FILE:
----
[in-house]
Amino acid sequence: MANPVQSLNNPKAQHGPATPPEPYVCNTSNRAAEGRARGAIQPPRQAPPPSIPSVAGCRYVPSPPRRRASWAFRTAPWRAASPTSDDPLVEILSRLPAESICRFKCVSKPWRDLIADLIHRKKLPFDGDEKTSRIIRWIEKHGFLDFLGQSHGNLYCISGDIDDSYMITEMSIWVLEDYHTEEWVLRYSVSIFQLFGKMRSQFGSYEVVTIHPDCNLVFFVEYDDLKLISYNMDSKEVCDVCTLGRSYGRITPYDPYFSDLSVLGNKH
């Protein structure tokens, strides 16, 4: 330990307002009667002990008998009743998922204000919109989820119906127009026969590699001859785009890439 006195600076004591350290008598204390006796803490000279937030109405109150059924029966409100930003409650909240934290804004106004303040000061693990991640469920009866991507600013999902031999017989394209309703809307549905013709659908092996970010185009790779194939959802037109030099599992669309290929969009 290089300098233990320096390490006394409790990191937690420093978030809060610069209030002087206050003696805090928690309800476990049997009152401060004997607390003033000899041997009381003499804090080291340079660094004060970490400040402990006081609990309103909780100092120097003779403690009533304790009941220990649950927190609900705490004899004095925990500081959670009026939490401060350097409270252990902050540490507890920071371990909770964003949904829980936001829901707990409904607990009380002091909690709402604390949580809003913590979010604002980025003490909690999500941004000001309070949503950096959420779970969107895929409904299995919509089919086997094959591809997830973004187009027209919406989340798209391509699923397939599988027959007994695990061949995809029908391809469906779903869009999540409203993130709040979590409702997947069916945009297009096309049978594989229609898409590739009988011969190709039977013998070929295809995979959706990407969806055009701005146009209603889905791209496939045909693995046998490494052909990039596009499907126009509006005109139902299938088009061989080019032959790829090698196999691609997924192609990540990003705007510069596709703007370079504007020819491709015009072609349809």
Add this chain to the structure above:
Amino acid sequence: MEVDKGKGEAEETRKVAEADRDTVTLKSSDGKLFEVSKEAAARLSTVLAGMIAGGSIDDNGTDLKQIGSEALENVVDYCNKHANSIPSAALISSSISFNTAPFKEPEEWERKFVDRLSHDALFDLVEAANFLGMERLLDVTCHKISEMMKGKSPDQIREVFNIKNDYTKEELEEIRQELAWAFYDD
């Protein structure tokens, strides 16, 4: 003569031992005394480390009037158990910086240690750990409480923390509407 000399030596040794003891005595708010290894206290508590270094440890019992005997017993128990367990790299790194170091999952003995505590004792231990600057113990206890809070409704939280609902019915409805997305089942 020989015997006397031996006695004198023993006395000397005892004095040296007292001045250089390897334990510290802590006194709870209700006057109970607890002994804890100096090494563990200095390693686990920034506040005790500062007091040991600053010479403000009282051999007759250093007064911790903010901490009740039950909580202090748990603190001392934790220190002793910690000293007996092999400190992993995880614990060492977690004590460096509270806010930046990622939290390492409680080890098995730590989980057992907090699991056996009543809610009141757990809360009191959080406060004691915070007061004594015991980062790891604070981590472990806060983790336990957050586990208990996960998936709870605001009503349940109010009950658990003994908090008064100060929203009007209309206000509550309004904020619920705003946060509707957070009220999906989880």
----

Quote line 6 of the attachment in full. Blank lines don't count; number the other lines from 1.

């Protein structure tokens, strides 16, 4: 003569031992005394480390009037158990910086240690750990409480923390509407 000399030596040794003891005595708010290894206290508590270094440890019992005997017993128990367990790299790194170091999952003995505590004792231990600057113990206890809070409704939280609902019915409805997305089942 020989015997006397031996006695004198023993006395000397005892004095040296007292001045250089390897334990510290802590006194709870209700006057109970607890002994804890100096090494563990200095390693686990920034506040005790500062007091040991600053010479403000009282051999007759250093007064911790903010901490009740039950909580202090748990603190001392934790220190002793910690000293007996092999400190992993995880614990060492977690004590460096509270806010930046990622939290390492409680080890098995730590989980057992907090699991056996009543809610009141757990809360009191959080406060004691915070007061004594015991980062790891604070981590472990806060983790336990957050586990208990996960998936709870605001009503349940109010009950658990003994908090008064100060929203009007209309206000509550309004904020619920705003946060509707957070009220999906989880």